4 Out of 5 Catholic Men Confess This Sin

They confess to looking at pornography and masturbating.

It’s awkward, I know, to say it so candidly, but the only way to defeat pornography in our lives is to admit that we have a widespread problem with it.

Vice, Firmly Entrenched

By the time I was in high school, the habit of lusting after women via pornography was firmly entrenched in my soul. I was an atheist at the time.

I recall listening to a popular late night radio show during these years, where the female host–allegedly a psychologist with a Ph.D.–counseled callers that looking at pornography and masturbating were good, healthy things for a young man to do. I knew I couldn’t resist the desire to look and lust on a frequent basis, so her words confirmed for me that what I was doing wasn’t something wrong.

Years passed, and I was in college, suffering from an anxiety disorder, panic attacks, and depression. I reached out to God for help, and over the course of many months He came into my life.

But I was still addicted to pornography.

While still an atheist, I remember sitting in an apartment with three Evangelical Protestant friends of mine, and they told me that looking at pornography was a sin. My response: I laughed at them. Yes, laughed.

I laughed because the thought of any man being able to overcome the desire for lust and pornography seemed ludicrous to me.

I told them that “every man does this and anyone who denies it is a liar.” While blunt, and not completely true, my words weren’t too far off the mark, even among Christians.

Jesus Pulled No Punches

A year or so later, God drew me out of atheism, and I became an Evangelical Protestant like my friends.

I was a newly minted Christian and didn’t want to believe that looking at pornography was wrong. But then I read Jesus’ words in St. Matthew’s gospel:

You have heard that it was said, ‘You shall not commit adultery.’ But I say to you that everyone who looks at a woman with lust has already committed adultery with her in his heart. — Matt. 5:27-28

Ouch. I wanted there to be a way that His words could be interpreted to mean something different from what they seemed to be saying, but I couldn’t convince myself out of what I knew He must mean. Earlier in the same chapter, in the Beatitudes, Jesus said: “Blessed are the pure in heart, for they will see God.” I couldn’t claim to be pure in heart while lusting after women.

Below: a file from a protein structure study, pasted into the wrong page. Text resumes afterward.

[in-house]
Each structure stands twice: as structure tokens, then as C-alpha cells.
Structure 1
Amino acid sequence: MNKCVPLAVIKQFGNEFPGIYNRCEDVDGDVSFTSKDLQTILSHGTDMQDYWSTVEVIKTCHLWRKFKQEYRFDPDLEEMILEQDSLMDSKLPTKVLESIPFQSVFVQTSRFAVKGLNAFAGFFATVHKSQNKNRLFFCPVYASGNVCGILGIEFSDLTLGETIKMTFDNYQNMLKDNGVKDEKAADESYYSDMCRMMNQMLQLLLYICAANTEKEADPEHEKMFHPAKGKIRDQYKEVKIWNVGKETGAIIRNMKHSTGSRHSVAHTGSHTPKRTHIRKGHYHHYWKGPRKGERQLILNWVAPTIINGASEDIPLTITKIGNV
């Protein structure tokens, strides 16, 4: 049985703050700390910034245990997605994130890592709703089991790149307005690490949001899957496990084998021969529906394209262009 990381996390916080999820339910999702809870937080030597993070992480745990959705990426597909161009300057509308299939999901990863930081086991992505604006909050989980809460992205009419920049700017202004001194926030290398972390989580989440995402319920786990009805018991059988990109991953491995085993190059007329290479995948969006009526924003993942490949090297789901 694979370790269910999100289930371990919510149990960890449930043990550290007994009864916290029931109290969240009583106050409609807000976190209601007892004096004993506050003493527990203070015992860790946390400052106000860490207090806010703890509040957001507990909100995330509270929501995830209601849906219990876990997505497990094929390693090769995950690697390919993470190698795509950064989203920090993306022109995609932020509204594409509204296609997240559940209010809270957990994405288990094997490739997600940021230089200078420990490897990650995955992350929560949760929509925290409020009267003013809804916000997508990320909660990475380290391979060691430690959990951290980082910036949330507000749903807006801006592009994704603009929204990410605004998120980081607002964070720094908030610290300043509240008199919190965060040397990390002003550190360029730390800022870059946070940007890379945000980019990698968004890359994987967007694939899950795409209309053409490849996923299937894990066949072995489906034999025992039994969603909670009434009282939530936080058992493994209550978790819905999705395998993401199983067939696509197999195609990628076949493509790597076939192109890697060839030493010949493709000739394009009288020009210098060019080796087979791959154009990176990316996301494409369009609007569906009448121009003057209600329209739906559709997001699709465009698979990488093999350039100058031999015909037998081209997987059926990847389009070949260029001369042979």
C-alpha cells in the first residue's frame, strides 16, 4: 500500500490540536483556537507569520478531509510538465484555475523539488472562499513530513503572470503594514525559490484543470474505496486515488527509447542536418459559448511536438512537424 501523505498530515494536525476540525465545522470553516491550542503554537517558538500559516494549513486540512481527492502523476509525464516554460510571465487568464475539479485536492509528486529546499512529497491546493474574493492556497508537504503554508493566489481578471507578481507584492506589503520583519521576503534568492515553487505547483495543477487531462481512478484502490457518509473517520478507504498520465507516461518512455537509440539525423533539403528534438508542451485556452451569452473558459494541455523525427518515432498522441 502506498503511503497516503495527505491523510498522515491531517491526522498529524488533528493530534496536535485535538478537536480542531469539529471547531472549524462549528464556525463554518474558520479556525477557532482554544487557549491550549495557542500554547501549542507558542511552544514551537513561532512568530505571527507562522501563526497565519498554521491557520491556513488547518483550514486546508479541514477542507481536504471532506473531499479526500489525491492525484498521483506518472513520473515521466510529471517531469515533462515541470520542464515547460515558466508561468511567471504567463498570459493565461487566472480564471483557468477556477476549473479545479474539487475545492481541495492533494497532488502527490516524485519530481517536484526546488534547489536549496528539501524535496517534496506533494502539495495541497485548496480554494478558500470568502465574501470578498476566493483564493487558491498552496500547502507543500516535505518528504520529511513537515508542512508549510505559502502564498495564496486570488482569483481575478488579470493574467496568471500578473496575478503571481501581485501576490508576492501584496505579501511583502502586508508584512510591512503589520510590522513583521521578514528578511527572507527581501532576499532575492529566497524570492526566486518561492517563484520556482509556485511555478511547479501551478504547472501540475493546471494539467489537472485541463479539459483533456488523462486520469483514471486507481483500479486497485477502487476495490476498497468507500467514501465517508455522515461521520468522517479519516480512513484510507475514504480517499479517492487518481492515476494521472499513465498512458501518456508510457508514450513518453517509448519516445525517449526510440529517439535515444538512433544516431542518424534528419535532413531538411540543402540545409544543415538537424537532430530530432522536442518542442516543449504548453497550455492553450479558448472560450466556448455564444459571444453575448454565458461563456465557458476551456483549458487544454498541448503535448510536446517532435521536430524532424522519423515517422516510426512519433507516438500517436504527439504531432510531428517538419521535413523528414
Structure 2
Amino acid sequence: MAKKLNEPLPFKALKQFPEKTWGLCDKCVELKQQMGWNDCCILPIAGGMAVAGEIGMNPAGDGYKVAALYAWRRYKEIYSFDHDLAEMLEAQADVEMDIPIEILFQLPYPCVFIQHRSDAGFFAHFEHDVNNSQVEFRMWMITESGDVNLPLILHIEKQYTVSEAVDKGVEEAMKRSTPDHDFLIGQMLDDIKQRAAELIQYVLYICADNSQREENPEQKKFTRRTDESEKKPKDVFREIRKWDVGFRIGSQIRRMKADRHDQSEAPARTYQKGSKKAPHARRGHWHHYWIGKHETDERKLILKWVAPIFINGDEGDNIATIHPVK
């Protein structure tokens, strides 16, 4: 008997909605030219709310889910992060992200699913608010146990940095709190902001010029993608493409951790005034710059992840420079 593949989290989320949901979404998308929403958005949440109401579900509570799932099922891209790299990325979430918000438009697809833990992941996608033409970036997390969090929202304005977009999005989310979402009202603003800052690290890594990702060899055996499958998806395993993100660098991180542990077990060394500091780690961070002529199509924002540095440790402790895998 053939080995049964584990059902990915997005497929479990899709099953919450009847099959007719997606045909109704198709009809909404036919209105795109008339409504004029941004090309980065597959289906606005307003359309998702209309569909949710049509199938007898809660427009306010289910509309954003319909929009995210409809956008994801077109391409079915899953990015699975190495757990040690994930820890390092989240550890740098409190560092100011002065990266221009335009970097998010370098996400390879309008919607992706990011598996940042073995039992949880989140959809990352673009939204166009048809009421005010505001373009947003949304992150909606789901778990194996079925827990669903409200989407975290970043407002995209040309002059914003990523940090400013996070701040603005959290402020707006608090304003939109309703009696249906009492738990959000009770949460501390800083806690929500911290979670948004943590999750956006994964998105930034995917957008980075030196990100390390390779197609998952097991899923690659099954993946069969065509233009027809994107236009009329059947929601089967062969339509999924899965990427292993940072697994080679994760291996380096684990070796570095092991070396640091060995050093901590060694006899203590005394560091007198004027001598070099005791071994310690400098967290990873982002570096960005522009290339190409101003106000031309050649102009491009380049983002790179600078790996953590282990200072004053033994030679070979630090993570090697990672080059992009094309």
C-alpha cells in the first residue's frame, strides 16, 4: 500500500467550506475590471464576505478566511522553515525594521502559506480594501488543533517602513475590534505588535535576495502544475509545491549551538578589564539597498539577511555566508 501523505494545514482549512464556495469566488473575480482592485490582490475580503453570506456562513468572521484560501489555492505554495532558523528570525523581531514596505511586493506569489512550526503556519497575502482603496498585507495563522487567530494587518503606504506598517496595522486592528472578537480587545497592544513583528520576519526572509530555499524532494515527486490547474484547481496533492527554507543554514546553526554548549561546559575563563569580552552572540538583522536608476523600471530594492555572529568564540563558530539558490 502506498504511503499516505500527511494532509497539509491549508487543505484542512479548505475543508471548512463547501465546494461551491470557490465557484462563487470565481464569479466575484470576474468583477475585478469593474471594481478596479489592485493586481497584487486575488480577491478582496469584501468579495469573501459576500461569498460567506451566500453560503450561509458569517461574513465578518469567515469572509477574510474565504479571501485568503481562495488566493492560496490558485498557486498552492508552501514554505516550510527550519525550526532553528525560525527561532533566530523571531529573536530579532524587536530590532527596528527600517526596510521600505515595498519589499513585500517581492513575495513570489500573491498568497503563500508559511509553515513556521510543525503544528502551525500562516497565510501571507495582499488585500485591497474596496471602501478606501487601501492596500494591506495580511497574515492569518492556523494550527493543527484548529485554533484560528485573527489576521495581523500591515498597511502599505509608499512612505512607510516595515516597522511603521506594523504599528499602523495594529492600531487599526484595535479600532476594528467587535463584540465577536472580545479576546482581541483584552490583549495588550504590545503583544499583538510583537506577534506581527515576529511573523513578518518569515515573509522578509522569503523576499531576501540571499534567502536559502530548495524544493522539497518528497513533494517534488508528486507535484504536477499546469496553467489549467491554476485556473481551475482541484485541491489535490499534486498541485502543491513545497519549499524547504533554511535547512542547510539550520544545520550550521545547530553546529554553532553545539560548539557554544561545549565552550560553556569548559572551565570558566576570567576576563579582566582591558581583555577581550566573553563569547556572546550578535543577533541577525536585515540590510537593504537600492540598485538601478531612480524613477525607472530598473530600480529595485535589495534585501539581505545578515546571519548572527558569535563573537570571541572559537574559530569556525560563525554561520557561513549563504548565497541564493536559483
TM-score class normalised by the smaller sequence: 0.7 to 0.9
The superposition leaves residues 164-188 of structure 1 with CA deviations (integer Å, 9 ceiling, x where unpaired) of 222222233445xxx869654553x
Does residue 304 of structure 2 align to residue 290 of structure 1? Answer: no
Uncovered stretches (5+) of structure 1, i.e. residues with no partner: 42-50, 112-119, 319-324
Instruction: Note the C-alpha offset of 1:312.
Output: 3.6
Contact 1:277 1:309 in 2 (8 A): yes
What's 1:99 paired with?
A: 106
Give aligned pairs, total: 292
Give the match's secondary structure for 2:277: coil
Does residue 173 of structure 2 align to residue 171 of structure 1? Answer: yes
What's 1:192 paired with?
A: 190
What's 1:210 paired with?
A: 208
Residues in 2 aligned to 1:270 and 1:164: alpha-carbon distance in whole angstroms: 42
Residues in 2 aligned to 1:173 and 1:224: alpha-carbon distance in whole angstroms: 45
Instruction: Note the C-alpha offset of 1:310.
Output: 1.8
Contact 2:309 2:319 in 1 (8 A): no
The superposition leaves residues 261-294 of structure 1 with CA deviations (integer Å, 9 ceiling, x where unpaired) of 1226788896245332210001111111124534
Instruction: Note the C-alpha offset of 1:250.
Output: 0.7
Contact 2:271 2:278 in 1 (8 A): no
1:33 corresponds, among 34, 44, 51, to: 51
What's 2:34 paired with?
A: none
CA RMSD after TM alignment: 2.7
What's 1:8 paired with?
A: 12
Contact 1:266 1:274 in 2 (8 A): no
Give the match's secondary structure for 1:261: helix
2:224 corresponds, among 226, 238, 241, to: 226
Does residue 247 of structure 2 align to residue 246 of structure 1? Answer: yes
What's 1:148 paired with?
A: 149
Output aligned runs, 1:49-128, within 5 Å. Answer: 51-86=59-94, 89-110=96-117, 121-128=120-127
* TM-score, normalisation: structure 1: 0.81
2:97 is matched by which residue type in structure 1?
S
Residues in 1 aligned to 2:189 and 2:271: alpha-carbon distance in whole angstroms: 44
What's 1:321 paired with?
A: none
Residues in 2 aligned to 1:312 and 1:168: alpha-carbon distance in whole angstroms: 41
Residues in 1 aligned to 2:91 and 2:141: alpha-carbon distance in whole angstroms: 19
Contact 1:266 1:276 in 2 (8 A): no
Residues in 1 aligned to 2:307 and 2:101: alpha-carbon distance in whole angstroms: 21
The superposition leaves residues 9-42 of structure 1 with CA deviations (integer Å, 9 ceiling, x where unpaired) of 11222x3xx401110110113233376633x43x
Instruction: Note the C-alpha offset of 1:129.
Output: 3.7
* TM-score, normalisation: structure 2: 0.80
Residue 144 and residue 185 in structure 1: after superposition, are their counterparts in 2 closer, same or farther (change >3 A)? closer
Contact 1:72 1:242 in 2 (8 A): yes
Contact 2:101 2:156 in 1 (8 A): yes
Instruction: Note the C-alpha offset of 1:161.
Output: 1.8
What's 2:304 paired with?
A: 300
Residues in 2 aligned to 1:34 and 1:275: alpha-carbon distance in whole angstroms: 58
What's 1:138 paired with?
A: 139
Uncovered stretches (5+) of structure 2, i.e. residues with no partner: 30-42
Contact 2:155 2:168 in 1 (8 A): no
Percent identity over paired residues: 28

“But I can’t stop doing it. There’s no way,” I thought to myself.

I was a slave to this sin. And in John 8:34, Jesus spoke clearly about what that meant: “Very truly, I tell you, everyone who commits sin is a slave to sin.”

I didn’t want to be a slave, but a free man. I wanted to be set free to love by the Son, and Jesus promised that He would help. So began the long, incredibly difficult odyssey in my own life to conquer this vice.

I Started the Battle As a Protestant…

I had access to God via prayer, so I started praying for God’s grace to help me conquer porn compulsion. A little progress was made as the months passed.

To my surprise, when speaking in confidence to one of my Baptist friends about my struggle, he confided in me that he, too, struggled with it. So we began to be accountability partners with each other. That helped as well, especially since,as a Protestant, I did not have sacramental Confession.

I also started to become disciplined. I woke up early in the morning to pray and go to Bible studies with my fellow Protestant roommates. In this way and in others, I slowly grew in self-mastery.

Yet I still fell to the temptation to lust and look at pornography regularly. The desire to do it felt so incredibly strong. I realized that what took years to develop into a deeply rooted vice, would take years to uproot.